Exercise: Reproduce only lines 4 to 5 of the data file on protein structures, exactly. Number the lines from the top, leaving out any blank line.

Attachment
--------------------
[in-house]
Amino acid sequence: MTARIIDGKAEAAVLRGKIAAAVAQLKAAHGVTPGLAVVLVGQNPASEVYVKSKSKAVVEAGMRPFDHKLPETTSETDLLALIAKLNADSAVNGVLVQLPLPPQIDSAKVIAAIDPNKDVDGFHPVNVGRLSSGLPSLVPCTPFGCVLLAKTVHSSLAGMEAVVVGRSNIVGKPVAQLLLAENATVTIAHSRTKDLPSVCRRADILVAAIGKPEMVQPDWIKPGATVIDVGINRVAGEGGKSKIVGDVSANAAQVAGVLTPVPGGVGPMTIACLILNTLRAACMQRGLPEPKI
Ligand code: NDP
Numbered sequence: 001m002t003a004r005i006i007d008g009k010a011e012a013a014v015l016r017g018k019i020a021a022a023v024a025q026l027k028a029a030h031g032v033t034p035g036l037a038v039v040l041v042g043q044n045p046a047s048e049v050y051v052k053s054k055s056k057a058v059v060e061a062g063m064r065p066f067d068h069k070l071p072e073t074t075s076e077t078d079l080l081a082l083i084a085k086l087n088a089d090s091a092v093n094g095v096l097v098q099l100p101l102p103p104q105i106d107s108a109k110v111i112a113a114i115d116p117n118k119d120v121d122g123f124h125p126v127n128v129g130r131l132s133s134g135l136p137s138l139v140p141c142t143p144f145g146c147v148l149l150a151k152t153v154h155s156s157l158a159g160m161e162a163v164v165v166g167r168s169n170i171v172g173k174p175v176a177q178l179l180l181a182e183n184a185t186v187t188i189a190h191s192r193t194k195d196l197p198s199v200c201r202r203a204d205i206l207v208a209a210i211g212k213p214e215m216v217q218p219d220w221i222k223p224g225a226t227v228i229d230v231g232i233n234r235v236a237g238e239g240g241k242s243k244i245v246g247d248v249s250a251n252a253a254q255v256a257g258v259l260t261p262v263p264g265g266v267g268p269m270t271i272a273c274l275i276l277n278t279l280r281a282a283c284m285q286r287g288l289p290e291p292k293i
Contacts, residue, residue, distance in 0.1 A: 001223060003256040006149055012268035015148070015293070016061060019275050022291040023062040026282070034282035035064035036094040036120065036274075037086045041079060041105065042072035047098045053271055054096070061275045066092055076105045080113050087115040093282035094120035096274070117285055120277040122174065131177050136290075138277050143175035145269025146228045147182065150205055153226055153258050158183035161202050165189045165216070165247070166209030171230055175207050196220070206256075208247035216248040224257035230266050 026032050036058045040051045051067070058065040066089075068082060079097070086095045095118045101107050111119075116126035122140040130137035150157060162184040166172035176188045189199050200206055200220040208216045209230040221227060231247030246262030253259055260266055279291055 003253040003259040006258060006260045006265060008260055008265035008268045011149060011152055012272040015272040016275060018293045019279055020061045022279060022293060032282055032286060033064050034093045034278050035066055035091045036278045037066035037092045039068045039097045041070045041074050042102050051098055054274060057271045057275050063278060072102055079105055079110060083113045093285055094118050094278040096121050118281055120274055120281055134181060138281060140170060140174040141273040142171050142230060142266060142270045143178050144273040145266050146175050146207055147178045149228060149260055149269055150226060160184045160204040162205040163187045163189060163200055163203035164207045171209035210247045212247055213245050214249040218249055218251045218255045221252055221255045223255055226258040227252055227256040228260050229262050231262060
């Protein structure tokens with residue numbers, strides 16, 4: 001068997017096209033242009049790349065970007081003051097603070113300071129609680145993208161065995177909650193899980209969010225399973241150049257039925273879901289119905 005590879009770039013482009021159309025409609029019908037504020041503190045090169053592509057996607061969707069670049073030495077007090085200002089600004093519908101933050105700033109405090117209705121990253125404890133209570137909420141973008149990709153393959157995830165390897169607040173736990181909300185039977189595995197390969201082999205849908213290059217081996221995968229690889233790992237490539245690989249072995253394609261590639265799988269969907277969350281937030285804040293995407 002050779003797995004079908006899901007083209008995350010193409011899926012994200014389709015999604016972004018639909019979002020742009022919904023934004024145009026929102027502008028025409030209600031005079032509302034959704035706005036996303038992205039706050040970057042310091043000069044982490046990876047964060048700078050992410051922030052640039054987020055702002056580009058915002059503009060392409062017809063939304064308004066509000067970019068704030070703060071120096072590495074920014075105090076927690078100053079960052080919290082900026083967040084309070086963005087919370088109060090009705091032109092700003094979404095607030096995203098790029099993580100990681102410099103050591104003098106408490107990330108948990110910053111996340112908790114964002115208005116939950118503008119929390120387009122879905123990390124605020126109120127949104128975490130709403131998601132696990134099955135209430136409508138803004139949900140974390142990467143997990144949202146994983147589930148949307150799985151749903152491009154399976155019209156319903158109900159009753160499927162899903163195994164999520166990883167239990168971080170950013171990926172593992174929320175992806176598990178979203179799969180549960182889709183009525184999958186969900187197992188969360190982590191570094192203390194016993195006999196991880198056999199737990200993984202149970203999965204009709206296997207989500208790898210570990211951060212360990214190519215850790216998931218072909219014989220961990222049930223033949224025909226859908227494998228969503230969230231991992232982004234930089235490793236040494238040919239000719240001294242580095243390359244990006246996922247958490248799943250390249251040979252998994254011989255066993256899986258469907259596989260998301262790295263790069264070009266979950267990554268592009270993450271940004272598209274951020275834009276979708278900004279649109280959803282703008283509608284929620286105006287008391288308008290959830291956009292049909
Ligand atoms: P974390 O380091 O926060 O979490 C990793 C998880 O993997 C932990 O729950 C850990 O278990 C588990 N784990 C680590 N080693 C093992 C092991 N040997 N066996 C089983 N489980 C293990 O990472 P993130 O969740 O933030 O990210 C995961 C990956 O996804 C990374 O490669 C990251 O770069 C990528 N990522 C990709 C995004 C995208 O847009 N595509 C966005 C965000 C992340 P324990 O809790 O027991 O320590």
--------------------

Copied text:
Numbered sequence: 001m002t003a004r005i006i007d008g009k010a011e012a013a014v015l016r017g018k019i020a021a022a023v024a025q026l027k028a029a030h031g032v033t034p035g036l037a038v039v040l041v042g043q044n045p046a047s048e049v050y051v052k053s054k055s056k057a058v059v060e061a062g063m064r065p066f067d068h069k070l071p072e073t074t075s076e077t078d079l080l081a082l083i084a085k086l087n088a089d090s091a092v093n094g095v096l097v098q099l100p101l102p103p104q105i106d107s108a109k110v111i112a113a114i115d116p117n118k119d120v121d122g123f124h125p126v127n128v129g130r131l132s133s134g135l136p137s138l139v140p141c142t143p144f145g146c147v148l149l150a151k152t153v154h155s156s157l158a159g160m161e162a163v164v165v166g167r168s169n170i171v172g173k174p175v176a177q178l179l180l181a182e183n184a185t186v187t188i189a190h191s192r193t194k195d196l197p198s199v200c201r202r203a204d205i206l207v208a209a210i211g212k213p214e215m216v217q218p219d220w221i222k223p224g225a226t227v228i229d230v231g232i233n234r235v236a237g238e239g240g241k242s243k244i245v246g247d248v249s250a251n252a253a254q255v256a257g258v259l260t261p262v263p264g265g266v267g268p269m270t271i272a273c274l275i276l277n278t279l280r281a282a283c284m285q286r287g288l289p290e291p292k293i
Contacts, residue, residue, distance in 0.1 A: 001223060003256040006149055012268035015148070015293070016061060019275050022291040023062040026282070034282035035064035036094040036120065036274075037086045041079060041105065042072035047098045053271055054096070061275045066092055076105045080113050087115040093282035094120035096274070117285055120277040122174065131177050136290075138277050143175035145269025146228045147182065150205055153226055153258050158183035161202050165189045165216070165247070166209030171230055175207050196220070206256075208247035216248040224257035230266050 026032050036058045040051045051067070058065040066089075068082060079097070086095045095118045101107050111119075116126035122140040130137035150157060162184040166172035176188045189199050200206055200220040208216045209230040221227060231247030246262030253259055260266055279291055 003253040003259040006258060006260045006265060008260055008265035008268045011149060011152055012272040015272040016275060018293045019279055020061045022279060022293060032282055032286060033064050034093045034278050035066055035091045036278045037066035037092045039068045039097045041070045041074050042102050051098055054274060057271045057275050063278060072102055079105055079110060083113045093285055094118050094278040096121050118281055120274055120281055134181060138281060140170060140174040141273040142171050142230060142266060142270045143178050144273040145266050146175050146207055147178045149228060149260055149269055150226060160184045160204040162205040163187045163189060163200055163203035164207045171209035210247045212247055213245050214249040218249055218251045218255045221252055221255045223255055226258040227252055227256040228260050229262050231262060